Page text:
Saturday, July 31, 2010


Here's the thing, I don't think I've ever had a job I really loved. I've had jobs I really enjoyed, and felt good about, but nothing I've ever been truly passionate about.

I can enjoy aspects of it, and I can make the best of whatever I am doing, but there's not a lot to love about being an admin pleb. I sort of fell into doing secretarial work after a checkered job history that involved retail and hospitality as a teenager, a stint in my 20's where I considered myself employed by the Government to party and get a bitchin' tan, then the agency I went to to help me find a job employed me as their receptionist, I moved up through the ranks into Accounts Clerk, PA, and then swapped over into consulting myself.

I worked as a Recruitment Consultant for about 3 years, for about 4 different companies (no, that's not unusual in recruitment). Then I got made redundant and as no-one was hiring in Recruitment, took a temp maternity leave contract that turned out to be last job I really enjoyed.

It was as State Sales Secretary for a pharmaceutical company. I worked for a great bunch of people who appreciated what I did for them, and gave me the autonomy to just get it done.

From there I worked as an Executive PA in a few different roles, and then I have been doing part-time admin since having my Gorgeous Gal. Recently, I have been doing full time temp work to help with our finances.

I have always regetting not going to University after I finished high school. At the time, I was so over schooling and desperate for 'freedom', plus I had no idea what I wanted to do with my life, so I just binned the idea and moved in with my boyfriend (I know, I know, quit groaning...)

I have always felt less than adequate about that. I know I am intelligent, capable and hard-working, but really feel inferior when I am around people who are 'educated'. Even when it's apparent I'm probably just as smart as them.

So I have been thinking a lot lately about what I want to be when I grow up (no, you don't need to remind me how old I am). This has been a bit of a tricky subject for years, as there have been so many things that have interested me over time: law, journalism, psychology, policing, teaching, but have lost their sheen the more I thought about it: defending crimals, harassing people, being shot at, dealing with other people's bratty kids all day. Not sure which is worse out of those last two.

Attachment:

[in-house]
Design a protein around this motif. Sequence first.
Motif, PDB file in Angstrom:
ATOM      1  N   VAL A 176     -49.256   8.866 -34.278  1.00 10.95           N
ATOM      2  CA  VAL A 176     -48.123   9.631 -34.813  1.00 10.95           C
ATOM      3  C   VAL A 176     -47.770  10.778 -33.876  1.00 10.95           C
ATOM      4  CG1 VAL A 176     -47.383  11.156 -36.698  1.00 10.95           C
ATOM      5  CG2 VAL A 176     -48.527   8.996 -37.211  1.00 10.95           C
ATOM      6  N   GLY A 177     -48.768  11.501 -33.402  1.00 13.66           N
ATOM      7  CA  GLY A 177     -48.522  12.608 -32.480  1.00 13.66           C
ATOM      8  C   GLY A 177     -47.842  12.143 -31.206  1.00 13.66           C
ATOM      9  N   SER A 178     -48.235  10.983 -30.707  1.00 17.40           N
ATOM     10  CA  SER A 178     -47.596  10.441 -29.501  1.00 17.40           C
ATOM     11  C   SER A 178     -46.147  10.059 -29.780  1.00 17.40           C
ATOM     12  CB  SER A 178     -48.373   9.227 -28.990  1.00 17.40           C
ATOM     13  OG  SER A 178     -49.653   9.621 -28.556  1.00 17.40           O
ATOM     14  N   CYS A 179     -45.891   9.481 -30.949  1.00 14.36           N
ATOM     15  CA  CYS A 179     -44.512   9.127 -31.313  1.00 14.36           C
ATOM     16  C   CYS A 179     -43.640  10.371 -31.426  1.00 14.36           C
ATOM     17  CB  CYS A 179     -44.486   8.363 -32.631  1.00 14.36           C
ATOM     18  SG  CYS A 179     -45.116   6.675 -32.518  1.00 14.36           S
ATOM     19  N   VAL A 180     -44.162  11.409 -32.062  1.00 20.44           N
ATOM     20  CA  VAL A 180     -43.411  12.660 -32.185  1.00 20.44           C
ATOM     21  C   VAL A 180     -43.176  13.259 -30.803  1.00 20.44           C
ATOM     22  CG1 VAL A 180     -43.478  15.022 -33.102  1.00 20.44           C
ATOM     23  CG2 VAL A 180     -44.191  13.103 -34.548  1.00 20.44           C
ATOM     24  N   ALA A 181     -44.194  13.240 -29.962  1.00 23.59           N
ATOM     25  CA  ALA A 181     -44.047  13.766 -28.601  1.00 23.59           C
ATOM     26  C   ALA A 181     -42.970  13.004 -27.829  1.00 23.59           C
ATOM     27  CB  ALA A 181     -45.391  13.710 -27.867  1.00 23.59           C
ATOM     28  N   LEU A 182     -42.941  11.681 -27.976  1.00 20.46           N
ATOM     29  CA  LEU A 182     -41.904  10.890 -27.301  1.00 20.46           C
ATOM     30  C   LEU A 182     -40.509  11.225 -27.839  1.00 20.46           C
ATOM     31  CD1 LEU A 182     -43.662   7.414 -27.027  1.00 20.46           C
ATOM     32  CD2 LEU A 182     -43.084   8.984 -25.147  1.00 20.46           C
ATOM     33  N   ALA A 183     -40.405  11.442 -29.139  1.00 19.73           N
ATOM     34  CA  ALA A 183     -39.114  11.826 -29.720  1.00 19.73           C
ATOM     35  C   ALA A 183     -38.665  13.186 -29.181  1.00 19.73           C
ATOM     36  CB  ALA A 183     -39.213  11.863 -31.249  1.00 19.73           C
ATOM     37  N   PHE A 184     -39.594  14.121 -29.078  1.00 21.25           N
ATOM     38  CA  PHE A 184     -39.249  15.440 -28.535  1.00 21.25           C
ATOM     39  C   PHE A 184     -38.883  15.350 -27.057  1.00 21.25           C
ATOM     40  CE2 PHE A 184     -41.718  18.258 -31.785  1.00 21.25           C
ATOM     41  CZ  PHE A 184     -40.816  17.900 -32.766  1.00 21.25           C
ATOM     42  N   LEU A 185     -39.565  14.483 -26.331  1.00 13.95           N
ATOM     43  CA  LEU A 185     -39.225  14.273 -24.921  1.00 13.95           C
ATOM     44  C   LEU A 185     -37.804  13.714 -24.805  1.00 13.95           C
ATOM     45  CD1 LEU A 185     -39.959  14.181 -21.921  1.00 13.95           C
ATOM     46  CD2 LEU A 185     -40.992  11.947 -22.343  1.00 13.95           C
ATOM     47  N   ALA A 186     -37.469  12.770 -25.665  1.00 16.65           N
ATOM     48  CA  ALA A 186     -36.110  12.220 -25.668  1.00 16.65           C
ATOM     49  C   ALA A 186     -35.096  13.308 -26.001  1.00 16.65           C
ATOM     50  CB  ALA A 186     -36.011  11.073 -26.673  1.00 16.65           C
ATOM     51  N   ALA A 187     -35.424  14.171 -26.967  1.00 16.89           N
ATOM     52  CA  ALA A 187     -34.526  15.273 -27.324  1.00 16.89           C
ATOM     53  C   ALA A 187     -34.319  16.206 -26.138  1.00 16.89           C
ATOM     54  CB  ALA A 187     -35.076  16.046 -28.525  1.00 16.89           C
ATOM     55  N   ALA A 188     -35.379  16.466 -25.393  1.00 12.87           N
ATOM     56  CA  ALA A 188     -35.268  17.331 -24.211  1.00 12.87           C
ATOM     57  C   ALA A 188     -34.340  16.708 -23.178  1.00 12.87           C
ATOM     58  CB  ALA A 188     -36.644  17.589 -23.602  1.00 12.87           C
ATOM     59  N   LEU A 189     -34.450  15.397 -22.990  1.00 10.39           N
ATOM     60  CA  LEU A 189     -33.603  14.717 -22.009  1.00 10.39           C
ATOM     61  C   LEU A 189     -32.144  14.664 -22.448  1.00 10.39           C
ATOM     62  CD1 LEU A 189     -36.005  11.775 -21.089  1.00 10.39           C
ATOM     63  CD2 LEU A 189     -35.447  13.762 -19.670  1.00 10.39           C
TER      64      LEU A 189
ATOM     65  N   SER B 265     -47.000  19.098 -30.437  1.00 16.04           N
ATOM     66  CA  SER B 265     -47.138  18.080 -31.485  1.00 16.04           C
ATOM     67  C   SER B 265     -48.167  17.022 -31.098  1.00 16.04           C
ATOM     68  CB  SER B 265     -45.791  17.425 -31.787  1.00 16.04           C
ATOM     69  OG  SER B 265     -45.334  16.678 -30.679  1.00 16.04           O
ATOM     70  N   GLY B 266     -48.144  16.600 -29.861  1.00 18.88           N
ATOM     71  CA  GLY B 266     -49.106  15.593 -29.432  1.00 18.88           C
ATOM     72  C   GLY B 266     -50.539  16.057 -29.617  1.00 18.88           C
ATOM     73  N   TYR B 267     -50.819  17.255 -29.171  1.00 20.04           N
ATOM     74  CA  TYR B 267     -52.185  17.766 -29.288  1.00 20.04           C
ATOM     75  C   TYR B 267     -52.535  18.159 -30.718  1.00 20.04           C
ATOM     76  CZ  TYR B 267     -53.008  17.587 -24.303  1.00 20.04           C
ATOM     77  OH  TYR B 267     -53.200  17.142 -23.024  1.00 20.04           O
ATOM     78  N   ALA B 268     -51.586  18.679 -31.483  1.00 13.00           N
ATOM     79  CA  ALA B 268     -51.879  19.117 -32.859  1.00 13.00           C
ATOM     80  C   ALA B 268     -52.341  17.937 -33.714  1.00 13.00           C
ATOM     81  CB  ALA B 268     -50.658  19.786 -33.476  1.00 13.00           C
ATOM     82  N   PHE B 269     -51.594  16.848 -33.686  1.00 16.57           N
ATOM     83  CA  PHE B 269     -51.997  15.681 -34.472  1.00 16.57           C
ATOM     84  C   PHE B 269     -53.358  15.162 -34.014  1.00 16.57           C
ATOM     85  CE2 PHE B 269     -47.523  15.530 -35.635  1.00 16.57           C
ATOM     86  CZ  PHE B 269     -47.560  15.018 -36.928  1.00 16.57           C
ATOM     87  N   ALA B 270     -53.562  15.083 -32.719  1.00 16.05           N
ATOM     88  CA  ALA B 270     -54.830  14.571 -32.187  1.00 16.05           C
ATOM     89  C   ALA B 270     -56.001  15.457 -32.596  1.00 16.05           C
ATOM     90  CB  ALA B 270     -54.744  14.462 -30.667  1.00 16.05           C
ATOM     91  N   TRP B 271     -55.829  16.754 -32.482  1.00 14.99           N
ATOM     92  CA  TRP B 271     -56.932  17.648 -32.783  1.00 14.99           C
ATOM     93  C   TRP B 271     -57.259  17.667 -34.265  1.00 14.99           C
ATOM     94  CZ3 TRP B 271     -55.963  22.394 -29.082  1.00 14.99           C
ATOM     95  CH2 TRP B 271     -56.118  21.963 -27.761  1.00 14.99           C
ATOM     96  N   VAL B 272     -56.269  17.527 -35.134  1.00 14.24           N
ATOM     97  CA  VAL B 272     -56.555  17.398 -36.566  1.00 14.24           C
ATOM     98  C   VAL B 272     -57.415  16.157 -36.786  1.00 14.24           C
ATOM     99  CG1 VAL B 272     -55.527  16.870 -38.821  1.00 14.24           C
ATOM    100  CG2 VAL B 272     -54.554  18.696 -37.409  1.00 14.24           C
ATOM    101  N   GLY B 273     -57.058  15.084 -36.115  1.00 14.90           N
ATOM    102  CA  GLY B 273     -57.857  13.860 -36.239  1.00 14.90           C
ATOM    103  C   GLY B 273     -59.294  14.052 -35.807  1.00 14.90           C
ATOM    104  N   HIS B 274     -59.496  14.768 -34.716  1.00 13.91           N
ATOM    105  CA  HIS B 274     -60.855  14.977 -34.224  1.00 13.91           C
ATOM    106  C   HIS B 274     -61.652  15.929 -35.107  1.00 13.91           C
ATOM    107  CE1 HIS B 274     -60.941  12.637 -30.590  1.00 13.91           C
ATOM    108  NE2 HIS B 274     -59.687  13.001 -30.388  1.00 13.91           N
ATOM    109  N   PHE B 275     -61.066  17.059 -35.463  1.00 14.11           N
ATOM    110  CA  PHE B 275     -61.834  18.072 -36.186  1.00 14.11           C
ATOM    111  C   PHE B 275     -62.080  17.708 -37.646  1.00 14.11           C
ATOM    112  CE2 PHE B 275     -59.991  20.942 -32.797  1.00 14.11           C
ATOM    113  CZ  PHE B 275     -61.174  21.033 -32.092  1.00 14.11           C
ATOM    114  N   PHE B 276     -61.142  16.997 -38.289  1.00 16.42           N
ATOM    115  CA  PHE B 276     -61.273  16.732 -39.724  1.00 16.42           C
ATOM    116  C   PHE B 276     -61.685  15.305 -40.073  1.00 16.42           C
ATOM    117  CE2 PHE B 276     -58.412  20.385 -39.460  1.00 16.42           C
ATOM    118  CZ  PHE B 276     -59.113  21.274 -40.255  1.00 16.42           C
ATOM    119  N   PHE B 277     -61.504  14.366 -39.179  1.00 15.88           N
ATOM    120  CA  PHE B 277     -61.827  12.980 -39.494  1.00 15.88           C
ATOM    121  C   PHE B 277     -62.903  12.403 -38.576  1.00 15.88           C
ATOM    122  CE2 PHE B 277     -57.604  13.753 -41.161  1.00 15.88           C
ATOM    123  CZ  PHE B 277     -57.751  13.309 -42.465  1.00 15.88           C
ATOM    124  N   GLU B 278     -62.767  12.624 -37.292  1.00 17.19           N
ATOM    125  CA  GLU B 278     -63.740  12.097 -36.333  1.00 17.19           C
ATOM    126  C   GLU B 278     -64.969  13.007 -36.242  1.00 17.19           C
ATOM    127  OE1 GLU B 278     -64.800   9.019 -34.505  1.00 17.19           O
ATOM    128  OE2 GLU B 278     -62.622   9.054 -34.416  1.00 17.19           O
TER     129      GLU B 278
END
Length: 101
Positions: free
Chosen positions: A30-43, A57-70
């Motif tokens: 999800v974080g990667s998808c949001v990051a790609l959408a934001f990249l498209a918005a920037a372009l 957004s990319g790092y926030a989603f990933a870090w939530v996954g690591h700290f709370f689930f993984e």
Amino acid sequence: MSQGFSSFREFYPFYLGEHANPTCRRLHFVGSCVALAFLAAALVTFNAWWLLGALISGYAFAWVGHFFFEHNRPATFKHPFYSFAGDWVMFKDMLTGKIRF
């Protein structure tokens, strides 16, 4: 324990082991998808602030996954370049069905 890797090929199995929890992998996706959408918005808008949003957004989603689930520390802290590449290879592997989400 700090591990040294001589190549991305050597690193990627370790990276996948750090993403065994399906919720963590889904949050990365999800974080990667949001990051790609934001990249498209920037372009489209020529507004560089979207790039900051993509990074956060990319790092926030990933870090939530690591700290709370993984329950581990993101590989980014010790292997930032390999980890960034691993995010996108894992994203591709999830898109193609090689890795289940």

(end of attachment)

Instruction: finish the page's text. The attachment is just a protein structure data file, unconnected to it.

You know how often in life, the Universe will keep throwing things at you until you finally sit up and notice? I have been having that a lot lately, all around career fulfillment and seeking menaing by what I do.

It has lead me to a conclusion I didn't expect.

Given that's it probably to late to become an international secret agent, I have been spending the last few months thinking about what it is I really want from a job. I don't need a job to define me, and my family is still the most important thing to me by a mile, but I do feel like I need something more now. So here's what I've come up with, what really matters:

I want to feel like what I do makes a difference in the world. I want to make a meaningful contribution.

I want to work closely with people, and feel like I have helped them, not just with little things, but at important moments in their life.

I want what I do to give me flexibility to enjoy my family and my life.

I kind of want my job to be a 'real' job. This is a hard one to define, but a job that needs a qualification. One that as soon as you say what you do, people know what that is and that you went and got an education to do it.

Once I had defined these things in my head, the answer kept being shown to me, by the friends I kept thinking about, dreams, bumper stickers I would notice, t.v. shows, even the articles I would randomly flick to in magazines.


The more I think about it, the more passionate and excited I become.

I ran into a friend I haven't seen in ages yesterday, and she is now also studing nursing. We got talking and she was full of information. I had assumed that I would need to keep working admin roles until I could not only afford to take time off to study, but to afford the tuition. I have since learned that as early as your second semester, you can work in Assistant in Nursing roles, and that I might be eligible to have my fees fully deferred, like a student loan. That hadn't even occured to me.